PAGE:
Indignity Vol. 2, No. 52: Special pleading.


Indignity Vol. 2, No. 52: Special pleading.
WASHINGTON, DC - APRIL 23: Associate Justice Samuel Alito sits during a group photo of the Justices at the Supreme Court in Washington, DC on April 23, 2021. (Photo by Erin Schaff-Pool/Getty Images)

The Supreme Court Overturns Itself

GUILT AND SHAMELESSNESS are a grim combination. The Supreme Court majority saved its rulings in New York State Rifle and Pistol Association v. Bruen and in Dobbs v. Jackson Women's Health Organization for the final days of its term, putting them out after nearly every other case had been decided. The right-wing justices knew the public would be shocked and outraged by their striking down gun restrictions, after a particularly horrifying series of shooting massacres, and by their throwing out the whole structure of abortion rights that had been in place for generations. But they also knew that the public couldn't stop them.

The original draft of the Dobbs ruling was leaked nearly two months ago, while in the Bruen case the justices had merely made it clear in oral arguments what they would do. In both cases they were overturning laws or precedents that had been in place longer than most Americans have been alive, and they were simply doing it on the basis that the right had seized enough court seats to make it possible.

"The majority has overruled Roe and Casey for one and only one reason: because it has always despised them, and now it has the votes to discard them," the three dissenting justices in Dobbs wrote. "The majority thereby substitutes a rule by judges for the rule of law."

Read back to back, the rulings conveyed nothing but contempt. "The Constitution makes no reference to abortion, and no such right is implicitly protected by any constitutional provision," Samuel Alito wrote for the majority in Dobbs. In Bruen, meanwhile, Clarence Thomas wrote passionately and at length about a constitutional right to "individual self-defense," which he described—quoting the court's earlier decision against Washington, D.C.'s handgun ban in District of Columbia v. Heller—as "'the central component' of the Second Amendment right.” The Constitution, of course, makes no reference to individual self-defense, and those words certainly do not appear in the amendment where Thomas described them as being the central component.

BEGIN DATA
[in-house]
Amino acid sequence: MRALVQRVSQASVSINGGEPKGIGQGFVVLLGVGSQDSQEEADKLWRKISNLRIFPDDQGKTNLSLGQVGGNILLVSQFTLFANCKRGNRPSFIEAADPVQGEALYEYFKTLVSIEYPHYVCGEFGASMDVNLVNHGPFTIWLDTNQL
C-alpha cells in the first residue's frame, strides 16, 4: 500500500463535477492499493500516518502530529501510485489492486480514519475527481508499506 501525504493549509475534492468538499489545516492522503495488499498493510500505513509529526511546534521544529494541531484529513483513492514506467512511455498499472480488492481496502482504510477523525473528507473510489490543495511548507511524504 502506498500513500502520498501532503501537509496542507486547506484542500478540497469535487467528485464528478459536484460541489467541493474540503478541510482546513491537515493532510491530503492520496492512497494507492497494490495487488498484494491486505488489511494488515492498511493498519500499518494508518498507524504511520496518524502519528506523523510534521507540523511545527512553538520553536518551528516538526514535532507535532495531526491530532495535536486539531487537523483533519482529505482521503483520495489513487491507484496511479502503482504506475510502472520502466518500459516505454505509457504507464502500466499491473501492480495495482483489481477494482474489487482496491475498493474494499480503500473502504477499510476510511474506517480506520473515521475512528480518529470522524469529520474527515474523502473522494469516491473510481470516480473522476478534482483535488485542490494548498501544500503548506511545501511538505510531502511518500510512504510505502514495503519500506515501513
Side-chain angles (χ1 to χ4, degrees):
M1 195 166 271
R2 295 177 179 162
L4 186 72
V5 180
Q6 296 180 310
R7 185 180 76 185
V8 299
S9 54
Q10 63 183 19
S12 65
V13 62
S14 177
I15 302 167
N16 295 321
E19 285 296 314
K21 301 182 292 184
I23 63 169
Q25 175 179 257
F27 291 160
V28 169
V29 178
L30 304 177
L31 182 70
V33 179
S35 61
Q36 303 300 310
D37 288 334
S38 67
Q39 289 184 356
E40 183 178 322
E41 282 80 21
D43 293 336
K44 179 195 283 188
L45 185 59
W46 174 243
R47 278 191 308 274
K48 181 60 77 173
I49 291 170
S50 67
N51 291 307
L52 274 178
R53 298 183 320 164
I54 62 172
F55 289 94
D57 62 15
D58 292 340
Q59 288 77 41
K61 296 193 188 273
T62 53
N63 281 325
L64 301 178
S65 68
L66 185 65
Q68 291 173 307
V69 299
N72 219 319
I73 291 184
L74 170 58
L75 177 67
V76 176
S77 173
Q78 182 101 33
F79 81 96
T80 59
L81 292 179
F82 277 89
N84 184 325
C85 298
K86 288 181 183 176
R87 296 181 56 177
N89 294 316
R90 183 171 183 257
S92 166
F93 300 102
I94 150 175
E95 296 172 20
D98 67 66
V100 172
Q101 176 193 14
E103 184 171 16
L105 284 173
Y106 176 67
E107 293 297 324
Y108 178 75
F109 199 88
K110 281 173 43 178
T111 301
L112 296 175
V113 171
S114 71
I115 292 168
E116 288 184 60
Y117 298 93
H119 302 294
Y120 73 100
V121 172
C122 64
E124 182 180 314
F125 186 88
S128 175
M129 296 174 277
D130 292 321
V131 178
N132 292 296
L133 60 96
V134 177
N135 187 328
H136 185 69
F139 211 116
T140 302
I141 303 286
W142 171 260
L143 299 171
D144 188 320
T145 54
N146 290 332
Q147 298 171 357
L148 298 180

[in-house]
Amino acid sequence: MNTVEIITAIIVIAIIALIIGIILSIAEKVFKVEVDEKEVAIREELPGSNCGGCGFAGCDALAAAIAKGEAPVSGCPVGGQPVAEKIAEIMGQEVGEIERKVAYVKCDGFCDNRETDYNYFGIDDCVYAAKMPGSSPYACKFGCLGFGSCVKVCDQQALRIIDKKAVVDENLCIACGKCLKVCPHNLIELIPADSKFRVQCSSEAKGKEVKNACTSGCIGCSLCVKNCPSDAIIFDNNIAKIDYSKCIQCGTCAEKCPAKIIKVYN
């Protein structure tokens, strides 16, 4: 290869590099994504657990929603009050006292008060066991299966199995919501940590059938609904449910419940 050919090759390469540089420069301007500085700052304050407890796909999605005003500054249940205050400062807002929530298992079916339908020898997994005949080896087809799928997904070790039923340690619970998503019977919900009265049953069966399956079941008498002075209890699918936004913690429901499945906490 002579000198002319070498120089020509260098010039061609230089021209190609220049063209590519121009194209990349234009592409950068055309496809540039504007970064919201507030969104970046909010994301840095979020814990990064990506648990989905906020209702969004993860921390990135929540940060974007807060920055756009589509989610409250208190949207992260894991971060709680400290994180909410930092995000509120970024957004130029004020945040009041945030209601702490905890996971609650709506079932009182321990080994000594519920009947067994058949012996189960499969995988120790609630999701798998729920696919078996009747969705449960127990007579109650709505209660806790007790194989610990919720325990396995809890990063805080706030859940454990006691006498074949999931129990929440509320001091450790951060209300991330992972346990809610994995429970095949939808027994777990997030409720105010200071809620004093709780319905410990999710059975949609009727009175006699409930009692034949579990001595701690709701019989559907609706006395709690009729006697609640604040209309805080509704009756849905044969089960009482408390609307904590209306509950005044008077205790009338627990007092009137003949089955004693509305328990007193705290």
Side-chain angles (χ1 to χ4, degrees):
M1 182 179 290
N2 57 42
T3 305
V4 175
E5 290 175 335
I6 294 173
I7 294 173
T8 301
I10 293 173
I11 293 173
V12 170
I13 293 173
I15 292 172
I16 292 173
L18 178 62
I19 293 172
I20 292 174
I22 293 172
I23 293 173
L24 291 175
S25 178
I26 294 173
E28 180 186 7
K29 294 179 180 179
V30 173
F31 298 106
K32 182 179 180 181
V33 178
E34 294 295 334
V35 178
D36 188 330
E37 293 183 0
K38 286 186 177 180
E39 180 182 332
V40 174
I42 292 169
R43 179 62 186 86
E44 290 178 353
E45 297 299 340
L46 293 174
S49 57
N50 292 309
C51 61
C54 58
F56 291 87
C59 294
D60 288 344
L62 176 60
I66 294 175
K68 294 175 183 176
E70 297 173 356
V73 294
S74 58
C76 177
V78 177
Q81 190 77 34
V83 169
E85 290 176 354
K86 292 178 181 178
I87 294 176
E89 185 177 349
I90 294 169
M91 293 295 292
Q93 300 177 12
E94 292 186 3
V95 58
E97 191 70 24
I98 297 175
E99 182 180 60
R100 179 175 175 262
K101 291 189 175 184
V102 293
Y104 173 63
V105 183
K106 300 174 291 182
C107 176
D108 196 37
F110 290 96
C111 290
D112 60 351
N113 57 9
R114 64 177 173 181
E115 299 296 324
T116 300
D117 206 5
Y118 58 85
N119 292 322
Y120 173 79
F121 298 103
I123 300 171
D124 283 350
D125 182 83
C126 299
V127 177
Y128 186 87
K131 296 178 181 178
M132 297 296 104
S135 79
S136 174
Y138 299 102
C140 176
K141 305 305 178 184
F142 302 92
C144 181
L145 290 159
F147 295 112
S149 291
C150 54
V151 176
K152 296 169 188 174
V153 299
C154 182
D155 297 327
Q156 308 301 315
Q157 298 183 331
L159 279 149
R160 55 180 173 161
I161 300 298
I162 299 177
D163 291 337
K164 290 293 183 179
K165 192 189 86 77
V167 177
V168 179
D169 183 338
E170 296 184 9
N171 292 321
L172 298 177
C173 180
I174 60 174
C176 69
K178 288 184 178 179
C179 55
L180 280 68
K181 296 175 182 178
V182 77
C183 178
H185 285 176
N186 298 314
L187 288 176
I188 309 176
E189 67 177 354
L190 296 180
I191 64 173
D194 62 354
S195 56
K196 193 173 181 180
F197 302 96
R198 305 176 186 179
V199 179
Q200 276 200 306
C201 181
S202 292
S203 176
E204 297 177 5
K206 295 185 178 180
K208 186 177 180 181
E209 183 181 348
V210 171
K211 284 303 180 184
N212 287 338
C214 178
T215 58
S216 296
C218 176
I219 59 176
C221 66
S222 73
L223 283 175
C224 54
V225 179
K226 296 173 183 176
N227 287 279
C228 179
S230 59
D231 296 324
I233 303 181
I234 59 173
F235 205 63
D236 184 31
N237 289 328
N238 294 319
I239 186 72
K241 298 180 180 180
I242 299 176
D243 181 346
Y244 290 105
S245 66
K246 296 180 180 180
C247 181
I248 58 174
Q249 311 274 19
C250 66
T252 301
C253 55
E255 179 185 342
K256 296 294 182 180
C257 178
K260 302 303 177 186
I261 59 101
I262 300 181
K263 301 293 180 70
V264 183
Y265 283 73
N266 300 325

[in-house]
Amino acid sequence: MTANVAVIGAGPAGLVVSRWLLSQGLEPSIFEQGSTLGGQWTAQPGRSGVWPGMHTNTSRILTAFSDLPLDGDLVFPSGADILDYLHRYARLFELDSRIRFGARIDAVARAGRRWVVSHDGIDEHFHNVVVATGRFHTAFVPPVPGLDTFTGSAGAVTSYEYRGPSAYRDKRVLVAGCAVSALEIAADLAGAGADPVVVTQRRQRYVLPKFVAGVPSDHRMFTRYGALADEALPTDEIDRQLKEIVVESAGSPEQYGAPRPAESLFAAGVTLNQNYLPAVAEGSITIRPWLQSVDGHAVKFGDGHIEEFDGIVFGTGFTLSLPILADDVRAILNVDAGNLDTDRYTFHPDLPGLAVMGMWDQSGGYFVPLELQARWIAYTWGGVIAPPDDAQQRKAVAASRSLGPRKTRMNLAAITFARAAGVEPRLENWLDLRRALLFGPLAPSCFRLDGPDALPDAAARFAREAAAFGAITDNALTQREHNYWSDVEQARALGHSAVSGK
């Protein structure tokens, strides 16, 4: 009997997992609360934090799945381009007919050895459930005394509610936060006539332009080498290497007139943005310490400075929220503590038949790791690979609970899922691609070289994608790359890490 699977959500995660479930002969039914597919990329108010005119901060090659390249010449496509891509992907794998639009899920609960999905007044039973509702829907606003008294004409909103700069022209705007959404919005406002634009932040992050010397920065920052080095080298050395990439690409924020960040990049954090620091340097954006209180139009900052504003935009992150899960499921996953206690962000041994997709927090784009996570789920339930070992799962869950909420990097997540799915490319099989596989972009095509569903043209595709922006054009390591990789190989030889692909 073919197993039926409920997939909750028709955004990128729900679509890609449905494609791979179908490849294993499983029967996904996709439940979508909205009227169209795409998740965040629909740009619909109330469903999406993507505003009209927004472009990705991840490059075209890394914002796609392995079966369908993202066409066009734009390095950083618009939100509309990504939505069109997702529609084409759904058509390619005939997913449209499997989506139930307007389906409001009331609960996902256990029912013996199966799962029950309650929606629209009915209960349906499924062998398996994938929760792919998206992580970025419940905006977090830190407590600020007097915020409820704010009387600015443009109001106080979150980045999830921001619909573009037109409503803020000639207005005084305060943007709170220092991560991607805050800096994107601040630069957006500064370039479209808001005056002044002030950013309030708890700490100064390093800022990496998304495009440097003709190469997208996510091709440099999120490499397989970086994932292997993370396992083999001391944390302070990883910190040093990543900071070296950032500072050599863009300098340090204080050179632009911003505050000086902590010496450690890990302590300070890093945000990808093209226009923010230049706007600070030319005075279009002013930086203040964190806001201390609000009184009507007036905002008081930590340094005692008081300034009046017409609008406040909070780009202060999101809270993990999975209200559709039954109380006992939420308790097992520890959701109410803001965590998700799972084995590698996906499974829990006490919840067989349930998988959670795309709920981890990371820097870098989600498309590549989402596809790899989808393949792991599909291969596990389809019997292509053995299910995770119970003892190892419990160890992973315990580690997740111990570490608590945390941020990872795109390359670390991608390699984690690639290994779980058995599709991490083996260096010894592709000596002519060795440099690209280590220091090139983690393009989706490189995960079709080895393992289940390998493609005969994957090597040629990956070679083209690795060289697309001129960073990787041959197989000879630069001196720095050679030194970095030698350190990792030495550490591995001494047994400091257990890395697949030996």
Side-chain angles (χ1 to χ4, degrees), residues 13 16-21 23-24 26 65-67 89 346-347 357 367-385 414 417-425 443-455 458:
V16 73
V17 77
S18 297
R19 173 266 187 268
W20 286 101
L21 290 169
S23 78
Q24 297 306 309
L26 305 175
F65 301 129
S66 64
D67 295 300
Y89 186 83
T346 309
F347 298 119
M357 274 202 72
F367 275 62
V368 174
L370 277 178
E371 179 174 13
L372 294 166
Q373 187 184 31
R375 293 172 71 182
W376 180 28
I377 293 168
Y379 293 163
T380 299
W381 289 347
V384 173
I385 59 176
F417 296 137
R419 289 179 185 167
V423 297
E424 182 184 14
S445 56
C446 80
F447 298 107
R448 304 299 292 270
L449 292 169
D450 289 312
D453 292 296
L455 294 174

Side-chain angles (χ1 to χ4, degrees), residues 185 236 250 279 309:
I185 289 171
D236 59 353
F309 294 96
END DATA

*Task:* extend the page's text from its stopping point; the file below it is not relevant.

Likewise the majority in Dobbs spent pages on pages deriding the trimester-based limits put forth in Roe v. Wade, and the "undue burden" standard set by its successor, Planned Parenthood v. Casey, as arbitrary inventions put forth by the court. Throughout the Bruen decision, when Thomas wrote about the substance of the Second Amendment, the text he quoted was almost invariably not from the 27 words of the amendment—13 of which declare that the amendment's purpose is to set the terms for government regulation of militias—but from Antonin Scalia's decision in Heller. A prior court's extensions of the Constitution are valid if the current majority finds them useful, and invalid if those justices find them inconvenient.